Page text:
Serial casting is a non-invasive form of spasticity treatment that works to gently stretch contracted muscles over a set period of time. It can help individuals with cerebral palsy prevent further tightening of the muscles, which may help reduce pain and encourage mobility.
To help you understand what serial casting is and how it can help individuals with cerebral palsy, this article will discuss:
What is Serial Casting?
Serial casting is used for children with cerebral palsy that have shortened muscles due to spasticity. When muscles stay contracted, they limit the joint’s range of motion, which results in stiff movements.
Serial casting holds the joint in place so that there is slight tension on the muscle. This tension will gradually make the muscle longer and more flexible. It’s most commonly used for the ankle area, but can also be used for the knees, elbows, wrists, or fingers.
The goal of serial casting is to increase range of motion and lengthen contracted muscles through subtle, prolonged stretching. It ensures that the muscle is constantly being stretched, even when your child isn’t doing anything. This is called passive stretching and it helps prevent spastic muscles from further tightening throughout the day.
Often, spastic muscles can pull the limbs into abnormal positions and negatively impact an individual’s movement patterns. Serial casting provides musculoskeletal support to ensure the limbs stay in place and prevent the development of poor form.
The cast will gently stretch the muscles, so it should not be painful. As you continue to maintain a stretch, the amount of tension decreases, which allows the muscle fibers to lengthen. Each time that the cast is replaced, the muscle can be stretched further.
How Long is the Serial Casting Process?
Serial casting is non-invasive, making it ideal for children. It’s a gradual process that may provide changes for several weeks or months.
Generally, the cast is replaced every 7 days for a period of up to 12 weeks. However, the cast can be replaced slightly earlier or later depending on the severity of the individual’s spasticity.
A study suggests that changing the cast within 5 days or less is optimal to the traditional 7 days because it reduces the potential for complications to develop and the consequent discontinuation of casting. For example, changing the cast more often can reduce the retention of moisture that can lead to skin irritations. Additionally, it may shorten the total serial casting intervention timeline.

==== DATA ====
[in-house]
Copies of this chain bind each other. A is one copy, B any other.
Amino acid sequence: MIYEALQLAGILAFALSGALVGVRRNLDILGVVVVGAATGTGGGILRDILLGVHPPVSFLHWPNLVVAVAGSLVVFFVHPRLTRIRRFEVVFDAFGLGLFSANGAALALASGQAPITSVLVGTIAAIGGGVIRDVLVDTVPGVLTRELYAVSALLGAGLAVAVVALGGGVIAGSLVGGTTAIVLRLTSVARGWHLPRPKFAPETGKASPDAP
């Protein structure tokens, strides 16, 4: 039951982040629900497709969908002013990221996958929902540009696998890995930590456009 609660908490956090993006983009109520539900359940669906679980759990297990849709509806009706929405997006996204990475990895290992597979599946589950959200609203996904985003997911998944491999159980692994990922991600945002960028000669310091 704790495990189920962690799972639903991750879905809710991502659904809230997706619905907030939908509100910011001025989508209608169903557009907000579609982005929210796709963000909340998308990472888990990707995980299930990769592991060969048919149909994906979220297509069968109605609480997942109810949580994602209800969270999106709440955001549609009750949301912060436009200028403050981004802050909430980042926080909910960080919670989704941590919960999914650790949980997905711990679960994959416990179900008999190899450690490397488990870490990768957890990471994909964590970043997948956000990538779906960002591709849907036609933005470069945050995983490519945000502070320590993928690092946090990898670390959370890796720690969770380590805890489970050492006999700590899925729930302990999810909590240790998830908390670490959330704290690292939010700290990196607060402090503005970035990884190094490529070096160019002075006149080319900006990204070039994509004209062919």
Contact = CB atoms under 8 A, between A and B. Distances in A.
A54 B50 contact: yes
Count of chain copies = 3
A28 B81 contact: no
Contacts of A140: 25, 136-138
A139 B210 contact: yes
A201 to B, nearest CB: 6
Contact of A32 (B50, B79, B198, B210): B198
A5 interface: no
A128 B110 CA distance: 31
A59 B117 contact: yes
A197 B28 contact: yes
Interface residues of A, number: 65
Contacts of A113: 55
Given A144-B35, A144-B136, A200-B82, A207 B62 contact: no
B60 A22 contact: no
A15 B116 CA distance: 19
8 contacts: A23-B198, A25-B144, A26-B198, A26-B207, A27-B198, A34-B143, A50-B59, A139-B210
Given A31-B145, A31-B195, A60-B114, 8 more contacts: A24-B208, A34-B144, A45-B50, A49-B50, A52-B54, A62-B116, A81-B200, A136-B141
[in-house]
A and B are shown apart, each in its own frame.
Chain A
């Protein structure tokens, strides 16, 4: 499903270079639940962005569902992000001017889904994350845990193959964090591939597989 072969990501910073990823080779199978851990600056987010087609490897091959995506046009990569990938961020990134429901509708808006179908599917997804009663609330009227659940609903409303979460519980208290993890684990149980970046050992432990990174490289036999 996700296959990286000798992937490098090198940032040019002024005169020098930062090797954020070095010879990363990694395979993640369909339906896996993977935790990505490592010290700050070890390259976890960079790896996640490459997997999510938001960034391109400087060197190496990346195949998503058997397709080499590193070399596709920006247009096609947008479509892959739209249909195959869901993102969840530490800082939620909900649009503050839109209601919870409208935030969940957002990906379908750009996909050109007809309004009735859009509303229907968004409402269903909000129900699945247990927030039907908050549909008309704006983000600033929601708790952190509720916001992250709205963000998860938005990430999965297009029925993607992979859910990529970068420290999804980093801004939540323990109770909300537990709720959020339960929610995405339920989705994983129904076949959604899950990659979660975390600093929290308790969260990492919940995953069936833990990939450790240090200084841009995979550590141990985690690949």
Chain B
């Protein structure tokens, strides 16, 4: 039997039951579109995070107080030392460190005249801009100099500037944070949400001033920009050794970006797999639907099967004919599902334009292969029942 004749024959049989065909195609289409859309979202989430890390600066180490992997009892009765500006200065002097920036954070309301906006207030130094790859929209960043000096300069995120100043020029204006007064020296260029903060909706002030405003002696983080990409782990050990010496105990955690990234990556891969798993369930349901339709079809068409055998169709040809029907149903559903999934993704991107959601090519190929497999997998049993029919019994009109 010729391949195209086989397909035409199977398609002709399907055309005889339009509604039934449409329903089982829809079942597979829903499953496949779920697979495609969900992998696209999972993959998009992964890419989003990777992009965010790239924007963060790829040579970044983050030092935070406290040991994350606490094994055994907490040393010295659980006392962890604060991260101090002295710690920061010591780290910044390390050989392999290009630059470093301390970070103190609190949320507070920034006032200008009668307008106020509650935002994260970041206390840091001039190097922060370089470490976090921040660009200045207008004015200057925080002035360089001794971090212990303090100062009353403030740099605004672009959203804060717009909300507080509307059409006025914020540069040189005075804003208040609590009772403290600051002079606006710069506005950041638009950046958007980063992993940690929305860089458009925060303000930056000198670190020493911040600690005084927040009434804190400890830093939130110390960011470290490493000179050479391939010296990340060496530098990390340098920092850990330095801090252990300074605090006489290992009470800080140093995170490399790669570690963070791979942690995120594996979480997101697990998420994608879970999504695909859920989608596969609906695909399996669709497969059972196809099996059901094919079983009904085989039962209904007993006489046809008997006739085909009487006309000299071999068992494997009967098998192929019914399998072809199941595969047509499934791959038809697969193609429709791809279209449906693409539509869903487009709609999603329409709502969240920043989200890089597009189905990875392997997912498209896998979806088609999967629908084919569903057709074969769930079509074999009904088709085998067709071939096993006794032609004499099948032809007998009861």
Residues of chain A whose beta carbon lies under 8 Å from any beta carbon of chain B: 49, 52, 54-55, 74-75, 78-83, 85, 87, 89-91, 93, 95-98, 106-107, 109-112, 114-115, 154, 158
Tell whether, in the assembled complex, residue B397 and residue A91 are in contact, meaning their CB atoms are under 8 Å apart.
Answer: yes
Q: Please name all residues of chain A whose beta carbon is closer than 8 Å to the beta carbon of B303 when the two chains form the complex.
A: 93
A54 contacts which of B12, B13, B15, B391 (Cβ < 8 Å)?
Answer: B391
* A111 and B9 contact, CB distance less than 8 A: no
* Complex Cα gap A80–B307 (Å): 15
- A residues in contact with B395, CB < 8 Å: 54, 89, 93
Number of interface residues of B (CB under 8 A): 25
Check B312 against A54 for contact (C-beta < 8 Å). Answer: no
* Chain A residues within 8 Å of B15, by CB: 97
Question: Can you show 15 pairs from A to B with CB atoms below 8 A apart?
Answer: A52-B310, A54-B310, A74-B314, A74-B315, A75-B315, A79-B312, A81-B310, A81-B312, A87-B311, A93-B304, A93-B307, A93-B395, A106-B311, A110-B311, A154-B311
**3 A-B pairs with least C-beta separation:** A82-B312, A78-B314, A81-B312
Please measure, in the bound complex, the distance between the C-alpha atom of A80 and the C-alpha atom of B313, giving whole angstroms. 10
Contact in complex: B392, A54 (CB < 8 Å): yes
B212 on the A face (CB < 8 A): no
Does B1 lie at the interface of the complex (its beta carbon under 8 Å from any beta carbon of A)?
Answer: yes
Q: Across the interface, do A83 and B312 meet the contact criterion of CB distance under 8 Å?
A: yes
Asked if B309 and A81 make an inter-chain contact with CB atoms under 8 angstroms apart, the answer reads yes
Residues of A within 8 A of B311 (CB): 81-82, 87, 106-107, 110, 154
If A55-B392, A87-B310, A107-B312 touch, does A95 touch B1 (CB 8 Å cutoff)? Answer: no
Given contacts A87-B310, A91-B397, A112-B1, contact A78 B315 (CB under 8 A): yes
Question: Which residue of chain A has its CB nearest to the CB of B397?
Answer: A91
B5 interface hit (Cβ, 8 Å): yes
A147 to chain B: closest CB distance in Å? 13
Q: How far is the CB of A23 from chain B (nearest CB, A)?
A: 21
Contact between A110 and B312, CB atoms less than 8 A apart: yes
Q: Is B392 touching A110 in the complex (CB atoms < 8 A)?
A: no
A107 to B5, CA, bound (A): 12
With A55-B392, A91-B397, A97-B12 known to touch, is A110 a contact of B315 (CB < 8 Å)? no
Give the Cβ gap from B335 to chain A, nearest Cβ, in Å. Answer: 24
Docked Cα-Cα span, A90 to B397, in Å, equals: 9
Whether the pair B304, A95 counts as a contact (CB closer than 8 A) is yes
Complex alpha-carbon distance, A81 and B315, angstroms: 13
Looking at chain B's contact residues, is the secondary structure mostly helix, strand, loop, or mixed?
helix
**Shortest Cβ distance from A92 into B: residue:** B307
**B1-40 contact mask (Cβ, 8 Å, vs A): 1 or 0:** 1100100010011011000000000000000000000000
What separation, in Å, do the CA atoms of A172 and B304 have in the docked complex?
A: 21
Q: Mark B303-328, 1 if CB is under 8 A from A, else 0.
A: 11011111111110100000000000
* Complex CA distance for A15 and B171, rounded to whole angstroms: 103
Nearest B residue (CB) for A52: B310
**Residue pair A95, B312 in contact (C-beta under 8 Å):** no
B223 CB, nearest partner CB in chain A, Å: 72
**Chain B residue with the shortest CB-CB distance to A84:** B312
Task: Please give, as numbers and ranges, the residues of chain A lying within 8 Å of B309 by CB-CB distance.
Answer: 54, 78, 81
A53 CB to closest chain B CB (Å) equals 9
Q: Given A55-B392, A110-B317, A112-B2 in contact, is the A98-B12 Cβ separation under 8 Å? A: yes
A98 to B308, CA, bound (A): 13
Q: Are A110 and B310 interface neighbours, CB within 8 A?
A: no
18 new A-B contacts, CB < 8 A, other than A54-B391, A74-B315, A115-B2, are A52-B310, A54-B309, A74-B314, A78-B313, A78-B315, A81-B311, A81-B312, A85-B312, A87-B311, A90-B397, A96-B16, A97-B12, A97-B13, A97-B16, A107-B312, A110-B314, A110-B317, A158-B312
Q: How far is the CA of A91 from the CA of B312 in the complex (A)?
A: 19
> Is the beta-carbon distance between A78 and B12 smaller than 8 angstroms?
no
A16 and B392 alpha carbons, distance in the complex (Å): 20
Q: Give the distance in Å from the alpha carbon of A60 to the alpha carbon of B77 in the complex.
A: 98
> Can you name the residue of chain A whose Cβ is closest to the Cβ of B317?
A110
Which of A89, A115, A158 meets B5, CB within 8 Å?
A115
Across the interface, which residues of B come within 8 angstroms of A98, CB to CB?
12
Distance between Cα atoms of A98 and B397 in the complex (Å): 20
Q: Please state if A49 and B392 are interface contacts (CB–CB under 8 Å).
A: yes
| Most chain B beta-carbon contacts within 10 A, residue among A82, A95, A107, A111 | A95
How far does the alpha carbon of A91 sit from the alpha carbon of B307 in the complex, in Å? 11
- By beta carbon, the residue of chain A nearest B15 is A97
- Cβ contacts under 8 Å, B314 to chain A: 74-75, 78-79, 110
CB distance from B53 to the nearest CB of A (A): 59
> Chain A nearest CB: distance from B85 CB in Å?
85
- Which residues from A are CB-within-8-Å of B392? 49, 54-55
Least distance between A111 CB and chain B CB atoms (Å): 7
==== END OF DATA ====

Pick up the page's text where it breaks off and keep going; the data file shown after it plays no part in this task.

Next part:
What to Expect After Serial Casting
Initially, the cast might feel uncomfortable. It shouldn’t be painful, but it will add extra weight to the individual’s leg. However, individuals should adjust to the cast quickly and be able to function as they did before they got the cast. It’s recommended for individuals to be active while they have the cast on because it will help them adjust to walking with improved form.
Another caution to be aware of is that areas inside the cast may get itchy. To reduce itching, keep the cast dry. Moisture retention may cause blistering or pressure sores. Additionally, prevent your child from sticking anything inside the cast to relieve the itchiness. This may further irritate the skin or even cause items to get stuck inside the cast.
A cast is generally low maintenance, but it does need to stay dry. Children will need to wrap their cast with plastic wrap, secure it with medical tape, and place a plastic bag around it when they bathe. Even though it is covered, the limb with the cast should never go in the water.
Can Serial Casting Treat Spasticity Long-Term?
The effects of serial casting are not permanent and will require maintenance after the cast is removed. Your child’s doctor may advise wearing a brace overnight. Braces can be taken on and off throughout the day and will help maintain your child’s range of motion.
As previously mentioned, serial casting may last up to 12 weeks, and the continuous stretching will lengthen the muscle fibers. However, failure to continue stretching and exercising after the cast is removed may cause your muscles to shorten again.
It’s important to take advantage of the effects of serial casting and practice moving with correct form as much as you can to retain the improved function.
Serial Casting for Children with Cerebral Palsy
Serial casting is well-tolerated by most children because it is mild, gradual, and comes with minimal side effects if properly taken care of.
Casting helps promote correct musculoskeletal alignment and prevents the muscles from further tightening. Additionally, prolonged stretching will lengthen muscles to improve flexibility, range of motion, and gait.
We hope this article helped you better understand what serial casting is and how it can help individuals with cerebral palsy manage their spasticity.